Unit 1 academic basic economics
Upcoming SlideShare
Loading in...5
×

Like this? Share it with your network

Share
  • Full Name Full Name Comment goes here.
    Are you sure you want to
    Your message goes here
    Be the first to comment
    Be the first to like this
No Downloads

Views

Total Views
475
On Slideshare
475
From Embeds
0
Number of Embeds
0

Actions

Shares
Downloads
2
Comments
0
Likes
0

Embeds 0

No embeds

Report content

Flagged as inappropriate Flag as inappropriate
Flag as inappropriate

Select your reason for flagging this presentation as inappropriate.

Cancel
    No notes for slide

Transcript

  • 1. Basic Economics - Academic Unit One
  • 2. I. What is Economics?
  • 3. A. Study of Choice
    • All decisions involve choices
    • Resources are finite or limited.
    • Human needs and wants are unlimited.
    • Needs – necessities (water, food)
    • Wants – luxuries, things not needed.
    • Scarce – when there is a limited amount of an item.
    • Shortage – a sudden shortfall of a product.
  • 4. B. Decisions
    • Trade offs – always two or more options in our choices.
    • Costs – What is given up when making a decision.
  • 5. C. National
    • Guns and Butter
    • Guns = Military spending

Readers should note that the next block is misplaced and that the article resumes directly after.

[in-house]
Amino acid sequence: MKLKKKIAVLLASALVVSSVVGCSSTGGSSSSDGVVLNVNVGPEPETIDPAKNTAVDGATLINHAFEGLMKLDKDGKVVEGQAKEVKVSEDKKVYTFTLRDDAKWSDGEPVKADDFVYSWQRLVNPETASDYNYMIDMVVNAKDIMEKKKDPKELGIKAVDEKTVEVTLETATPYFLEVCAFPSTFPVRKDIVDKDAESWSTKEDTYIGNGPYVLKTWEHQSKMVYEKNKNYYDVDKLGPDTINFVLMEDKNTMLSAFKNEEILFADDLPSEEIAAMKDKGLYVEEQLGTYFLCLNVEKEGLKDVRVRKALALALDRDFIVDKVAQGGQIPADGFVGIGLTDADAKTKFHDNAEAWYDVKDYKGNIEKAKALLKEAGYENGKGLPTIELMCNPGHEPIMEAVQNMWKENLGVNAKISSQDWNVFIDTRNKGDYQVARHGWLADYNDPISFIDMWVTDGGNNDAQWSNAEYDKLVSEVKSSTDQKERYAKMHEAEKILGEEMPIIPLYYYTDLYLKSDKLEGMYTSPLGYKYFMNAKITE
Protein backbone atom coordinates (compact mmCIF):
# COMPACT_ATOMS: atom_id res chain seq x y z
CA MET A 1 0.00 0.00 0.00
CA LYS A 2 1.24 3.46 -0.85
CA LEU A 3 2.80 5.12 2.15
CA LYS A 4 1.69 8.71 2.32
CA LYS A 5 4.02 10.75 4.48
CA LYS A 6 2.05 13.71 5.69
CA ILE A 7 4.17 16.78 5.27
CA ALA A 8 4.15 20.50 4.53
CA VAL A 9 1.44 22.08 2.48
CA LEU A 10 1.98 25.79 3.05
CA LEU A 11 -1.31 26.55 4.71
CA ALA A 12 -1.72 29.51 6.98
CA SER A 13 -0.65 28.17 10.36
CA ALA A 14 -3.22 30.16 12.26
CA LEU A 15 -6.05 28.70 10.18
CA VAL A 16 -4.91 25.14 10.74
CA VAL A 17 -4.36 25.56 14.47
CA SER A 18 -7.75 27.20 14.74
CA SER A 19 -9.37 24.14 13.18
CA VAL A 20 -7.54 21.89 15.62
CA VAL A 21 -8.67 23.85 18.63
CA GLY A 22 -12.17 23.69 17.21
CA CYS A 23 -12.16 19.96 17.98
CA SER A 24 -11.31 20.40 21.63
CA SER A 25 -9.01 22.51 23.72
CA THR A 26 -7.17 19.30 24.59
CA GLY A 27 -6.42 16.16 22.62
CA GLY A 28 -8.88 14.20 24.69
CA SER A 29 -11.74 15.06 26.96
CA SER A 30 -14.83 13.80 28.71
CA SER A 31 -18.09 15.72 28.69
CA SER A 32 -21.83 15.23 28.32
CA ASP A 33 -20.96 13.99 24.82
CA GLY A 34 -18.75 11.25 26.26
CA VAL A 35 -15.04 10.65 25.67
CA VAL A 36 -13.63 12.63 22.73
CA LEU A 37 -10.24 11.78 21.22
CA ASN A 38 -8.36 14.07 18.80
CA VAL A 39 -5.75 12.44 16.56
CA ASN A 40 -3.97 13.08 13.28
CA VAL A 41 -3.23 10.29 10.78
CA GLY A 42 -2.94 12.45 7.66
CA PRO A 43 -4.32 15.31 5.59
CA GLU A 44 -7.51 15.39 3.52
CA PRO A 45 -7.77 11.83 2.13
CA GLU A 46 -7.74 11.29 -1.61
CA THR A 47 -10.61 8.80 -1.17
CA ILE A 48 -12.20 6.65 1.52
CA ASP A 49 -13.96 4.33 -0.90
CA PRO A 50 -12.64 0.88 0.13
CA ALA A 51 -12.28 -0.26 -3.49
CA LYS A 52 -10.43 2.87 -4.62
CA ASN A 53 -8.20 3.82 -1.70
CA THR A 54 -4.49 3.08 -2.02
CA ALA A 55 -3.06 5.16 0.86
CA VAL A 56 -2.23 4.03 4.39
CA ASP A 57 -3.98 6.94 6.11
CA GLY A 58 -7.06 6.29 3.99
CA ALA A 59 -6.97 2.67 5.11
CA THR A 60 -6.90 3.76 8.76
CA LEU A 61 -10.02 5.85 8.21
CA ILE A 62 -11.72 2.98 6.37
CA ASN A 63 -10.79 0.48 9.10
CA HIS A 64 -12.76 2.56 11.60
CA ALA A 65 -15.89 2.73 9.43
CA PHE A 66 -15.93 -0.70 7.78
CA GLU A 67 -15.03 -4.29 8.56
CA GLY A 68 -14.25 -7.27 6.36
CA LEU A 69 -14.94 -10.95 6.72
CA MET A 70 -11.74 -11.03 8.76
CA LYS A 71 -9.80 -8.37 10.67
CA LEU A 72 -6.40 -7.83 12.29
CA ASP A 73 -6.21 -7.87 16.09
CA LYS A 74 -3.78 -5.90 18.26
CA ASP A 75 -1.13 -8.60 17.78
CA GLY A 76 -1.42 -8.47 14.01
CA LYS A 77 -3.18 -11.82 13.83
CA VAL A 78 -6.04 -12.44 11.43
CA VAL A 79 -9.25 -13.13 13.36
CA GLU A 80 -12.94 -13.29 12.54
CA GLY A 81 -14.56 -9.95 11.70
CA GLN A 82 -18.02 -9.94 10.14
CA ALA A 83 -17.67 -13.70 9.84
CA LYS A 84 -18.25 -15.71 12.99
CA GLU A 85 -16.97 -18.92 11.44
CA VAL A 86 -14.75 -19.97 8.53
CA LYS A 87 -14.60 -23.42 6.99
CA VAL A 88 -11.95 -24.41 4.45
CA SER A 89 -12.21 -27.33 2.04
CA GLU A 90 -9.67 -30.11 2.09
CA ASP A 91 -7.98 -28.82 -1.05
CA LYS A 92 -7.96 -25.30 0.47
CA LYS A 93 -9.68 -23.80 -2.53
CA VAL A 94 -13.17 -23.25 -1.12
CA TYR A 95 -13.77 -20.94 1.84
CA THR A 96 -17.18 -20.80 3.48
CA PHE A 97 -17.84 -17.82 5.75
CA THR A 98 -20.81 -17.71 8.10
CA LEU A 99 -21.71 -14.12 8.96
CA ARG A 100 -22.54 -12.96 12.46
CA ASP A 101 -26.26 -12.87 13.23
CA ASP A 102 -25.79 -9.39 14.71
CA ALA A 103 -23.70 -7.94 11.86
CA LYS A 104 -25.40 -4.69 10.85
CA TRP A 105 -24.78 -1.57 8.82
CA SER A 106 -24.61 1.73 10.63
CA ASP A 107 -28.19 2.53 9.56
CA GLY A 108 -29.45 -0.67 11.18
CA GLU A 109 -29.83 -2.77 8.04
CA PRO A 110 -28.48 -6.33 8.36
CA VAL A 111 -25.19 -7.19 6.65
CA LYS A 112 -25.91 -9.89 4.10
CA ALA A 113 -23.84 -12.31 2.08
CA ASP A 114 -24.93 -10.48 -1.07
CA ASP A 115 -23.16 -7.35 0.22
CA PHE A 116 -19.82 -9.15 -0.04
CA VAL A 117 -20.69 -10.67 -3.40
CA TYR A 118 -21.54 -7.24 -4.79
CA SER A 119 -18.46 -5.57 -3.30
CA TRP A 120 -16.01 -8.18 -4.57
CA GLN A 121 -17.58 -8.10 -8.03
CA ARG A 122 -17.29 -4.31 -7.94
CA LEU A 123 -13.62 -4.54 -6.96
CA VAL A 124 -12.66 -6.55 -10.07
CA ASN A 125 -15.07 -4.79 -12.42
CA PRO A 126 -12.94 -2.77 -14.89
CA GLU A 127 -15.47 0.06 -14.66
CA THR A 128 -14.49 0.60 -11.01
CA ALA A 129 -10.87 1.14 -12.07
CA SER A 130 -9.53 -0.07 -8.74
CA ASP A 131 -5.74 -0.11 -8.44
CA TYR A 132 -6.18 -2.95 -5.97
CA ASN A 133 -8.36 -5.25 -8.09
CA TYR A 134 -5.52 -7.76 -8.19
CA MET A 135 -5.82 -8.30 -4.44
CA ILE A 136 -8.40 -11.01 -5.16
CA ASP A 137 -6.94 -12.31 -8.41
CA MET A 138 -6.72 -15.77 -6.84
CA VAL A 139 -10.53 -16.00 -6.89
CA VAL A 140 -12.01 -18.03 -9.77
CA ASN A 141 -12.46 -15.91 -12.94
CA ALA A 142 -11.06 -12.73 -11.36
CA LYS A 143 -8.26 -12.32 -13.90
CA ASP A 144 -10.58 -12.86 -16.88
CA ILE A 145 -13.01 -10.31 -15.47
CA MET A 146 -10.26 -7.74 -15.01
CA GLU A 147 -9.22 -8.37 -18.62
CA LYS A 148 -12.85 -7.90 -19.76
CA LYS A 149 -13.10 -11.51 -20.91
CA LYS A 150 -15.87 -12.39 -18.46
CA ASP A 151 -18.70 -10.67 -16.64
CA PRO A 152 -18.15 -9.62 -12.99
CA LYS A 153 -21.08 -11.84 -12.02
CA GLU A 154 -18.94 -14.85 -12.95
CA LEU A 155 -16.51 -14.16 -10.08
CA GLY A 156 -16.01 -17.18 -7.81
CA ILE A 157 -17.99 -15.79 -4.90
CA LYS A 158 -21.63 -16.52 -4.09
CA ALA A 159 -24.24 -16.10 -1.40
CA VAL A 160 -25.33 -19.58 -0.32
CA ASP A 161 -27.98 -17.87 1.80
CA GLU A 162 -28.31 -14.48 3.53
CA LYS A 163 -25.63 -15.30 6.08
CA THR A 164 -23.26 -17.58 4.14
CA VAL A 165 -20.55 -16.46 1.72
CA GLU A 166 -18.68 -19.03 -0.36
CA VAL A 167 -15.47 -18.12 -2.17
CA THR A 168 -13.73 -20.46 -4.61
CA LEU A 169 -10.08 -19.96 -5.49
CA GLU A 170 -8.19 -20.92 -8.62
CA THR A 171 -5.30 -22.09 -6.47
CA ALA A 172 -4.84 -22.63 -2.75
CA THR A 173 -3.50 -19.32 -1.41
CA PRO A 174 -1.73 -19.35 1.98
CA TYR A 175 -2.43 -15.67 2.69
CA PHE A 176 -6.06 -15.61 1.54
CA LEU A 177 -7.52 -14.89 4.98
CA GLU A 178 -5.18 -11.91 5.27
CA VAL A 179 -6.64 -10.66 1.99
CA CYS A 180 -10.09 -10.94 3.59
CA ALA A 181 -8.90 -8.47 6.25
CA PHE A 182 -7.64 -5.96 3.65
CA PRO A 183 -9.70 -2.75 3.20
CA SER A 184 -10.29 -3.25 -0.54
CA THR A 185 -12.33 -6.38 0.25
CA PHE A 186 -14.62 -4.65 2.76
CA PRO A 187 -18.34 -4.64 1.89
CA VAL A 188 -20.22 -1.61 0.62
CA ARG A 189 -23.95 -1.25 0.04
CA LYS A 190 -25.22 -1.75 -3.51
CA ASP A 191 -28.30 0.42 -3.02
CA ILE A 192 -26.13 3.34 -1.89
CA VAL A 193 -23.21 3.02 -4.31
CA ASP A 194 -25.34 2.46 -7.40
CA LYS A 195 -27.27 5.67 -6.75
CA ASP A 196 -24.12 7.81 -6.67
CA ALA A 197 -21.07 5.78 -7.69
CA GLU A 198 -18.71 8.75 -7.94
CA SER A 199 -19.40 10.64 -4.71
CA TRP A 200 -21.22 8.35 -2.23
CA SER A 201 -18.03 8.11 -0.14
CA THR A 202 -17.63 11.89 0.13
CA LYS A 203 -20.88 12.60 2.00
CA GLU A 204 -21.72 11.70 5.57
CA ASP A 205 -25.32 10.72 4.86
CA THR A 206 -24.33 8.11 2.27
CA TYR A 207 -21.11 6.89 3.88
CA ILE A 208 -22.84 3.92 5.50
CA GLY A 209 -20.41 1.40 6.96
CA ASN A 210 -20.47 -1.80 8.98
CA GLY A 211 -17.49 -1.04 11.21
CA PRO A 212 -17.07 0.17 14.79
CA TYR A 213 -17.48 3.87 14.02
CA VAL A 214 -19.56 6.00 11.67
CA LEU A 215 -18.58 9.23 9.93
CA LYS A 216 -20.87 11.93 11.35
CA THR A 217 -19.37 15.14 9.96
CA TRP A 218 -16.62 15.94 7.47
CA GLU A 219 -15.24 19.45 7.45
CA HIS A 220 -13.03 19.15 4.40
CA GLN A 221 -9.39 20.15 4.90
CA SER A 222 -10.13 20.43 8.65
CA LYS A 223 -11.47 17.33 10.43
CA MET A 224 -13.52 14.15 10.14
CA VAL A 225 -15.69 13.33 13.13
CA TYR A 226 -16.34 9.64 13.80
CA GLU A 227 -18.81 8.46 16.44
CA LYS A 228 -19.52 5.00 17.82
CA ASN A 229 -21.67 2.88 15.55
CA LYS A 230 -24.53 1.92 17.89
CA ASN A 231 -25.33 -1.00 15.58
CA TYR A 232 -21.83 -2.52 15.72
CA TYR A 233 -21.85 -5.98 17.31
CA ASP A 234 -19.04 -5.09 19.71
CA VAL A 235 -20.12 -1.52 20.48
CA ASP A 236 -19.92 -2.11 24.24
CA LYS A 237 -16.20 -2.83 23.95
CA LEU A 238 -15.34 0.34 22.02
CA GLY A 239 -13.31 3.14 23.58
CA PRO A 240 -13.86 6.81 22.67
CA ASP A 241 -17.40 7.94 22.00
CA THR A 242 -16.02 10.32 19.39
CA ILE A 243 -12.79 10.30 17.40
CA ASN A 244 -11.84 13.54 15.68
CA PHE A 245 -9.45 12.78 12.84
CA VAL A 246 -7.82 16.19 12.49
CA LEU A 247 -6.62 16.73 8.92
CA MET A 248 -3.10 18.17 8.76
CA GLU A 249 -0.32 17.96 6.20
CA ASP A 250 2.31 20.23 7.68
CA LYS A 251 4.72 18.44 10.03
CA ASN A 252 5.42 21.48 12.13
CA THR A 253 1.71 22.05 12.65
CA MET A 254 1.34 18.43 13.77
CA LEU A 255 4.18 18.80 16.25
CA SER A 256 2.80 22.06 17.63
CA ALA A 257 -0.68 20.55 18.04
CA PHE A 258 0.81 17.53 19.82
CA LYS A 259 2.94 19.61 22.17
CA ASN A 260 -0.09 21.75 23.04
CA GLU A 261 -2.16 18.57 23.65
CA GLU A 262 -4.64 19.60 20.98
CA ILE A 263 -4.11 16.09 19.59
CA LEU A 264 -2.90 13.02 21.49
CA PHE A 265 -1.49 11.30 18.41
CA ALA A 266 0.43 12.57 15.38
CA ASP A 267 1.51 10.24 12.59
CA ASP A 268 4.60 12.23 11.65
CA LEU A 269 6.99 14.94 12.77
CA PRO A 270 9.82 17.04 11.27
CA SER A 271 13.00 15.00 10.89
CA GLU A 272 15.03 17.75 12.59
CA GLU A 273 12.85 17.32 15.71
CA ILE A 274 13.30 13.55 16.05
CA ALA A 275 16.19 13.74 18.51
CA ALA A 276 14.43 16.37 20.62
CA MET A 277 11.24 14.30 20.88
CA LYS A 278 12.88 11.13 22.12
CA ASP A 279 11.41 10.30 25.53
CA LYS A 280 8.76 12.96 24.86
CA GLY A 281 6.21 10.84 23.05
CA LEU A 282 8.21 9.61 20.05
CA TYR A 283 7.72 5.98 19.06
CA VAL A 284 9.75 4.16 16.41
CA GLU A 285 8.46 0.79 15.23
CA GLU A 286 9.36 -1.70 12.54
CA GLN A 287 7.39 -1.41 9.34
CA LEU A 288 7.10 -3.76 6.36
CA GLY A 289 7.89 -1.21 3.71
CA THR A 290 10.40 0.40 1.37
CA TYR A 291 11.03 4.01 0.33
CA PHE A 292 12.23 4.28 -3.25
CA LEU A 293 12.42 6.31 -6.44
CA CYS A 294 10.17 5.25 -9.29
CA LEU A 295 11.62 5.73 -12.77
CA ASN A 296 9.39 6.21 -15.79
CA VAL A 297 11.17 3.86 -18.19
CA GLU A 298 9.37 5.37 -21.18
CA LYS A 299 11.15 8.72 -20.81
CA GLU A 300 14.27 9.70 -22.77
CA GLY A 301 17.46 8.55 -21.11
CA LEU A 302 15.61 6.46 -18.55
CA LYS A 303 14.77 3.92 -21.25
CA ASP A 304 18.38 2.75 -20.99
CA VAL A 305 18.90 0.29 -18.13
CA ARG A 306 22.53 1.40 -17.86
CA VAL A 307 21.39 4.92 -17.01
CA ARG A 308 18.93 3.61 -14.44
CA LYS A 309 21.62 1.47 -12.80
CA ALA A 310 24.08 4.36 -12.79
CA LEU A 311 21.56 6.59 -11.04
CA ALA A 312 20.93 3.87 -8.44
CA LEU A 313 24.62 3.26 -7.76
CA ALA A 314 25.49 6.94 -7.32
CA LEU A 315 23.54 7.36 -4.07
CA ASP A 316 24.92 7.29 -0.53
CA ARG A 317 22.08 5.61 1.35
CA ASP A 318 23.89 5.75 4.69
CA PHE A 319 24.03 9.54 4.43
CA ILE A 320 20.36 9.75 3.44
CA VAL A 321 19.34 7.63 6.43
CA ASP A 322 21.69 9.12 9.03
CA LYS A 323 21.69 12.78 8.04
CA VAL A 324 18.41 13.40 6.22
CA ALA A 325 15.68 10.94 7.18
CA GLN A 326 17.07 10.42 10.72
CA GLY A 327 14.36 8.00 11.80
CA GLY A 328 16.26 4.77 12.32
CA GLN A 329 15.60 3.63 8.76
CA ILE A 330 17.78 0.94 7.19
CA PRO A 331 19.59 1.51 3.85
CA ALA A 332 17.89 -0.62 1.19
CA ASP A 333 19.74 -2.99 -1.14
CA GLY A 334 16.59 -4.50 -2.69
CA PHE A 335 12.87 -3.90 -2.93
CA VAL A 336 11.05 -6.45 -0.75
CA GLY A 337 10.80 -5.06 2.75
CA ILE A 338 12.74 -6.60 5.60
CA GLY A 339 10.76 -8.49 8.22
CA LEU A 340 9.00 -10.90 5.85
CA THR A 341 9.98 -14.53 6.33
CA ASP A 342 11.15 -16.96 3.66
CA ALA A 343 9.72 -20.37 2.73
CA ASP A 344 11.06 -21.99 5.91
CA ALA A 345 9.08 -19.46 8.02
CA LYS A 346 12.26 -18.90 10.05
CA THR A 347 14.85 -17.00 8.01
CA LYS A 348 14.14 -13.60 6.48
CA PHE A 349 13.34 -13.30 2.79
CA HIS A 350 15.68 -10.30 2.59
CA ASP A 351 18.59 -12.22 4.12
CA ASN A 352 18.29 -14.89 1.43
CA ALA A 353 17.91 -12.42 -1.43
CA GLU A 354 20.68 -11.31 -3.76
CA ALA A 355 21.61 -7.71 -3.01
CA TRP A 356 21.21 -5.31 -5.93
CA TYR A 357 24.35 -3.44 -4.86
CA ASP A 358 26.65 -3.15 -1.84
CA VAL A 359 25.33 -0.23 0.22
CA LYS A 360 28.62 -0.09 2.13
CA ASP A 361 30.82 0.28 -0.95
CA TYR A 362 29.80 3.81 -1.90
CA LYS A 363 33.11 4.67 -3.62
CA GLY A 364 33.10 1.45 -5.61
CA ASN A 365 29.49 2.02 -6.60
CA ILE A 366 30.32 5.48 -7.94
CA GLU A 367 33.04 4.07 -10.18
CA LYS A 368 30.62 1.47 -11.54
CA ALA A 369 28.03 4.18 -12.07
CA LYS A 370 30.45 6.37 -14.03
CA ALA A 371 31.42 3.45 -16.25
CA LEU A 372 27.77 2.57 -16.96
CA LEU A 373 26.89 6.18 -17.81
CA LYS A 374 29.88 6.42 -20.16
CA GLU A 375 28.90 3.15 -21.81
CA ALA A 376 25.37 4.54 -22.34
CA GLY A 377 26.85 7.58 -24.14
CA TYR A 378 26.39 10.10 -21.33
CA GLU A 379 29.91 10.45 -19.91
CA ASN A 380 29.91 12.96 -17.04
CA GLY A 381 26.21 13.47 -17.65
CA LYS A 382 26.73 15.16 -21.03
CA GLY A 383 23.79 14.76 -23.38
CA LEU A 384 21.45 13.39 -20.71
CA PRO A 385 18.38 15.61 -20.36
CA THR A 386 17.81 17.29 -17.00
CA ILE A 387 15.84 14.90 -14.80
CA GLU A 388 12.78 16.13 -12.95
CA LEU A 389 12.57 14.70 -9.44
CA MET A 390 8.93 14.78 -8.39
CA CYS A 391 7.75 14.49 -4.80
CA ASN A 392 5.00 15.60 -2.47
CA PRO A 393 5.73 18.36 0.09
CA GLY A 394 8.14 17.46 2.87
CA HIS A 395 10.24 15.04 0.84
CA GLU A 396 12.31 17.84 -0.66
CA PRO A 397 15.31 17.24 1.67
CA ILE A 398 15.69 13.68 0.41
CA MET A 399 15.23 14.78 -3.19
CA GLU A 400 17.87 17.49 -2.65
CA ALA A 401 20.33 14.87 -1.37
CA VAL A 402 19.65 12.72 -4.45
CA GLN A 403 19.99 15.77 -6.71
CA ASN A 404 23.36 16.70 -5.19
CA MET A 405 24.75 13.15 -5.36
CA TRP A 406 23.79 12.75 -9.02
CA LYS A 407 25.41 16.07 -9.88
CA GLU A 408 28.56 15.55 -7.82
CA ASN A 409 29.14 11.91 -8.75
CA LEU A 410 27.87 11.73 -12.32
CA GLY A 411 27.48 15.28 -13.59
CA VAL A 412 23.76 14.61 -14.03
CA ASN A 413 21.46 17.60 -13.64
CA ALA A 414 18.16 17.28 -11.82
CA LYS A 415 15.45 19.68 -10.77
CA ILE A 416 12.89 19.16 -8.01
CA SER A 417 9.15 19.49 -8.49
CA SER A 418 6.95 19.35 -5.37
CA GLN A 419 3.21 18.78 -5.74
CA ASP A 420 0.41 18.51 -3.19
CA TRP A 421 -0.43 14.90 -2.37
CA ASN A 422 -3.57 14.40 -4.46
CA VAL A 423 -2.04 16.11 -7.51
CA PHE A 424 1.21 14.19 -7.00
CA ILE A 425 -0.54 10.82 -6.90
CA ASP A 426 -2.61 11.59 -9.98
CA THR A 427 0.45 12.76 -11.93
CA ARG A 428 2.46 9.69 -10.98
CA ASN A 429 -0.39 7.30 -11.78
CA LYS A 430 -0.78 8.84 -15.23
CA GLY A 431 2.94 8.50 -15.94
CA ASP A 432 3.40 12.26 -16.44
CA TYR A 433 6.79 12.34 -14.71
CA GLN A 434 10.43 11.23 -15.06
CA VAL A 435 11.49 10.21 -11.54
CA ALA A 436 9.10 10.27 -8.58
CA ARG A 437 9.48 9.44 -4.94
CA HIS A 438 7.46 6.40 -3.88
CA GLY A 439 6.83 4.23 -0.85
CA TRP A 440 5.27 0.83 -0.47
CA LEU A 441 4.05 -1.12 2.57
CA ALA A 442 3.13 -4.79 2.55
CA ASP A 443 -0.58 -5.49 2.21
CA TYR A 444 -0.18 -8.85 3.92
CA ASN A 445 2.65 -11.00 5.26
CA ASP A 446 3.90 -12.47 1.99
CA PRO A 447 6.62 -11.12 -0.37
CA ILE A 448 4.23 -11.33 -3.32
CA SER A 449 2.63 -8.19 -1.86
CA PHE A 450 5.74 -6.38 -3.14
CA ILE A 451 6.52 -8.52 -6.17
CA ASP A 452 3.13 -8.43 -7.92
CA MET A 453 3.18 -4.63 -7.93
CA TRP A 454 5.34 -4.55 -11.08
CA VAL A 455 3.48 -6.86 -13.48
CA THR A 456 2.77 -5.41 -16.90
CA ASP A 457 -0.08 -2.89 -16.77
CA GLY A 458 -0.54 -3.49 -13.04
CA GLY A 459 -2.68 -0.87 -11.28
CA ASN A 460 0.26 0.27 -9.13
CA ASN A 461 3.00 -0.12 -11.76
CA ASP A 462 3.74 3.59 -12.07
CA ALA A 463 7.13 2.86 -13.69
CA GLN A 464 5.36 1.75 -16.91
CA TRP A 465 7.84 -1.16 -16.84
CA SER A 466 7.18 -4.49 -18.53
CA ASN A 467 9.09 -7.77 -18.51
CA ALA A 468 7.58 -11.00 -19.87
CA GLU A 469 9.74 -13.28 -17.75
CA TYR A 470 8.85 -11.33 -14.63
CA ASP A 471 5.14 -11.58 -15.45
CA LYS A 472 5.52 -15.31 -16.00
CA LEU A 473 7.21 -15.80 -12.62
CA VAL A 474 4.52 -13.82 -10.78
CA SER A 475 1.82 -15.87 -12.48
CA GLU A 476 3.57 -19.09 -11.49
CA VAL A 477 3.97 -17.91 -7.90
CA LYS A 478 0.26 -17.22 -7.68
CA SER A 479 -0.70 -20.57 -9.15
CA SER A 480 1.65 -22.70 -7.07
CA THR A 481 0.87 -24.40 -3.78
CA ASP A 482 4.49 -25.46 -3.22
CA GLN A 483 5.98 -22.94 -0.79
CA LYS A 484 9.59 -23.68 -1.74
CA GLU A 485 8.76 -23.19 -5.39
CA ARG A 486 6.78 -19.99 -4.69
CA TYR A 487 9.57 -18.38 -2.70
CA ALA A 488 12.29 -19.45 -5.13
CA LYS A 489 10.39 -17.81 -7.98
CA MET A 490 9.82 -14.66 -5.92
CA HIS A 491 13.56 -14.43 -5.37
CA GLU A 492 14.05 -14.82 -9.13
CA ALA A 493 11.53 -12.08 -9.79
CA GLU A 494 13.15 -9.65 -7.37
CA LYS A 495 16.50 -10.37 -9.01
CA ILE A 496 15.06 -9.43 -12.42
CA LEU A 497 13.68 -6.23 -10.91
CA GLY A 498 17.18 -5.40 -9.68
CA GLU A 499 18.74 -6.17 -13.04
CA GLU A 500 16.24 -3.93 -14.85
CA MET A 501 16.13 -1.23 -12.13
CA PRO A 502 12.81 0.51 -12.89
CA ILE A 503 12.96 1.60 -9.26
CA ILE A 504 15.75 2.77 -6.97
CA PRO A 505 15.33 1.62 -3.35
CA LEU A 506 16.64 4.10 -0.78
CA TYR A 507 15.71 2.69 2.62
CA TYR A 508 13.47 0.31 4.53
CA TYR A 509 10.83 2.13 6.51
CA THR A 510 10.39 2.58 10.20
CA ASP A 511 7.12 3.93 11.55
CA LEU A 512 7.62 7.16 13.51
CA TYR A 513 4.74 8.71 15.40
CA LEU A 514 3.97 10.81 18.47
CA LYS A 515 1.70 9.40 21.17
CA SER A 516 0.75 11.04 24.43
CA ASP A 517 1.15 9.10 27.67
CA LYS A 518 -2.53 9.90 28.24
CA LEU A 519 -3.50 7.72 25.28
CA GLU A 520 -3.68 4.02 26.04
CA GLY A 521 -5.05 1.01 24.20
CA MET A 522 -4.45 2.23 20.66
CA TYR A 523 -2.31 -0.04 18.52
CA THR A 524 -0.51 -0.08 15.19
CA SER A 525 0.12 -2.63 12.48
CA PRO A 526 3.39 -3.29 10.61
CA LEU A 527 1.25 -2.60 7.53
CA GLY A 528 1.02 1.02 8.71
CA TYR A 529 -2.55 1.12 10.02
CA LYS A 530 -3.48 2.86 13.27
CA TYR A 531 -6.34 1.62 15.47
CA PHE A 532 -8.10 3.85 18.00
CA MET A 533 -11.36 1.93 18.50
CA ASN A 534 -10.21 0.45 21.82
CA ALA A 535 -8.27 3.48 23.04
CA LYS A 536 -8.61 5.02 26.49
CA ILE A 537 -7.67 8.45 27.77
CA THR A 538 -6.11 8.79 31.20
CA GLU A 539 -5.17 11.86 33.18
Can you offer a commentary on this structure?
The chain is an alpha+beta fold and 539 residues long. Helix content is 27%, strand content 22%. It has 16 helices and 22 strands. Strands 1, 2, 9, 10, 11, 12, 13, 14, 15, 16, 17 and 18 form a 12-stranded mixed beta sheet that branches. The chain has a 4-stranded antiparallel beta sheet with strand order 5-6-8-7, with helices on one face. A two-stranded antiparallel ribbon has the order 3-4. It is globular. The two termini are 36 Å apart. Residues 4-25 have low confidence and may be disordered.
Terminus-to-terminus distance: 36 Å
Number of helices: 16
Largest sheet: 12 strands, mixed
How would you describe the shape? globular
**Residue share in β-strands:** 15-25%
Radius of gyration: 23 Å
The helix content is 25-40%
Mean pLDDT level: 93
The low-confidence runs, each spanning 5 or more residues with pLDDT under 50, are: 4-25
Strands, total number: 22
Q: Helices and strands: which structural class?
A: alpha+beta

• Butter = Domestic Spending
      • Social Security
      • Medicare
      • Medicaid
      • Social Security
  • 6.
    • 4. Presidential Decisions
      • FDR
        • Great Depression
        • WWII
      • LBJ
        • Great Society
        • Vietnam
      • GWB
        • No Child Left Behind
        • Tax Cuts
        • War on Terror
  • 7. 5. Production Possibilities Curve
    • A graph that shows alternative ways to use an economy’s resources.
    • Efficiency – Using resources to maximize production of goods and services.
    • Underutilization – Using fewer resources than an economy is capable of using.
    • Examples:
      • Cost – To an economist, countries give up on ideas, products.
      • Law of Increasing Costs –Cost of producing the second item increases.
  • 8. D. Individuals
    • Entrepreneurs use the Factors of Production
      • Land
      • Labor
      • Capital
        • Physical Capital - All human-made goods
        • Human Capital – The skills and knowledge gained by a worker through education and experience.
    • Thinking at the Margin – taking into consideration the consumption of one more unit.
  • 9. II. Different Economies
  • 10. A. Answering the Three Economic Questions
    • What goods and services should be produced?
    • How should goods and services be produced?
    • Who consumes goods and services?
    • Who and how these questions are decided is one of the most significant questions in economics.
  • 11. B. Economic Goals and Societal Values
    • Economic Efficiency- Societies attempt to produce most out of their resources.
    • Economic Freedom- Unlimited choices.
    • Patriotism- The love of one’s country
    • Many feel the USA should ensure economic freedom.
    • Instead of economic or political freedoms, China favors freedom from poverty instead.
  • 12. C. Economics and Values
    • Traditional Economy –relies on habit, custom, or ritual,